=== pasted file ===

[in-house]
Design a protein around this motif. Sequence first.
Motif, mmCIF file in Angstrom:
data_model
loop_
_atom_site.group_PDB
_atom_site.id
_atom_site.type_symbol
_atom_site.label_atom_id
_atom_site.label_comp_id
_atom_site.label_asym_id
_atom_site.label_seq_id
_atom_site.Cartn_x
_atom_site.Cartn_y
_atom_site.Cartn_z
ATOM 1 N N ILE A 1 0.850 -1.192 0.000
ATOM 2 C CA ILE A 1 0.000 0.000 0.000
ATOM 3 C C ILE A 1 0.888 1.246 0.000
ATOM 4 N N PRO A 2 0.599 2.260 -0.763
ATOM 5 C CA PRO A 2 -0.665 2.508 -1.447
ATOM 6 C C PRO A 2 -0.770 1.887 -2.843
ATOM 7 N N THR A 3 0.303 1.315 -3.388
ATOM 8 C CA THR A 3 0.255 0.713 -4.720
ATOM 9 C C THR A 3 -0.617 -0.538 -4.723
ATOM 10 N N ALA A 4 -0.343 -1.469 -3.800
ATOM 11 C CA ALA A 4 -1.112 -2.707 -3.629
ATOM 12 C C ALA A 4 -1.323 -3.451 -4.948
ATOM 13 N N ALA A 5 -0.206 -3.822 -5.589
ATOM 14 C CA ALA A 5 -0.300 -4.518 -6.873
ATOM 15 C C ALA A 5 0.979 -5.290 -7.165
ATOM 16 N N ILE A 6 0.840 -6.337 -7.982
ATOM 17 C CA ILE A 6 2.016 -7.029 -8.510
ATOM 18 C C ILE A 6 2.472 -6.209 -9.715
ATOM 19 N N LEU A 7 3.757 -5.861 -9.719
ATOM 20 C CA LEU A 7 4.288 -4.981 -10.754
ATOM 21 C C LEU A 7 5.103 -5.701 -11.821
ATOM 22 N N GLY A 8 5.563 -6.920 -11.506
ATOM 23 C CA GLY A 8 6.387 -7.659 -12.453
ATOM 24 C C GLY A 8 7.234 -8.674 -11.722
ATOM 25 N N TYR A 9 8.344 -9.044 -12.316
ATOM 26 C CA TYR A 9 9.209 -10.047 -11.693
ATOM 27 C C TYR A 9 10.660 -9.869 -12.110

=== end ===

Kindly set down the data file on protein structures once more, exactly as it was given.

[in-house]
Design a protein around this motif. Sequence first.
Motif, mmCIF file in Angstrom:
data_model
loop_
_atom_site.group_PDB
_atom_site.id
_atom_site.type_symbol
_atom_site.label_atom_id
_atom_site.label_comp_id
_atom_site.label_asym_id
_atom_site.label_seq_id
_atom_site.Cartn_x
_atom_site.Cartn_y
_atom_site.Cartn_z
ATOM 1 N N ILE A 1 0.850 -1.192 0.000
ATOM 2 C CA ILE A 1 0.000 0.000 0.000
ATOM 3 C C ILE A 1 0.888 1.246 0.000
ATOM 4 N N PRO A 2 0.599 2.260 -0.763
ATOM 5 C CA PRO A 2 -0.665 2.508 -1.447
ATOM 6 C C PRO A 2 -0.770 1.887 -2.843
ATOM 7 N N THR A 3 0.303 1.315 -3.388
ATOM 8 C CA THR A 3 0.255 0.713 -4.720
ATOM 9 C C THR A 3 -0.617 -0.538 -4.723
ATOM 10 N N ALA A 4 -0.343 -1.469 -3.800
ATOM 11 C CA ALA A 4 -1.112 -2.707 -3.629
ATOM 12 C C ALA A 4 -1.323 -3.451 -4.948
ATOM 13 N N ALA A 5 -0.206 -3.822 -5.589
ATOM 14 C CA ALA A 5 -0.300 -4.518 -6.873
ATOM 15 C C ALA A 5 0.979 -5.290 -7.165
ATOM 16 N N ILE A 6 0.840 -6.337 -7.982
ATOM 17 C CA ILE A 6 2.016 -7.029 -8.510
ATOM 18 C C ILE A 6 2.472 -6.209 -9.715
ATOM 19 N N LEU A 7 3.757 -5.861 -9.719
ATOM 20 C CA LEU A 7 4.288 -4.981 -10.754
ATOM 21 C C LEU A 7 5.103 -5.701 -11.821
ATOM 22 N N GLY A 8 5.563 -6.920 -11.506
ATOM 23 C CA GLY A 8 6.387 -7.659 -12.453
ATOM 24 C C GLY A 8 7.234 -8.674 -11.722
ATOM 25 N N TYR A 9 8.344 -9.044 -12.316
ATOM 26 C CA TYR A 9 9.209 -10.047 -11.693
ATOM 27 C C TYR A 9 10.660 -9.869 -12.110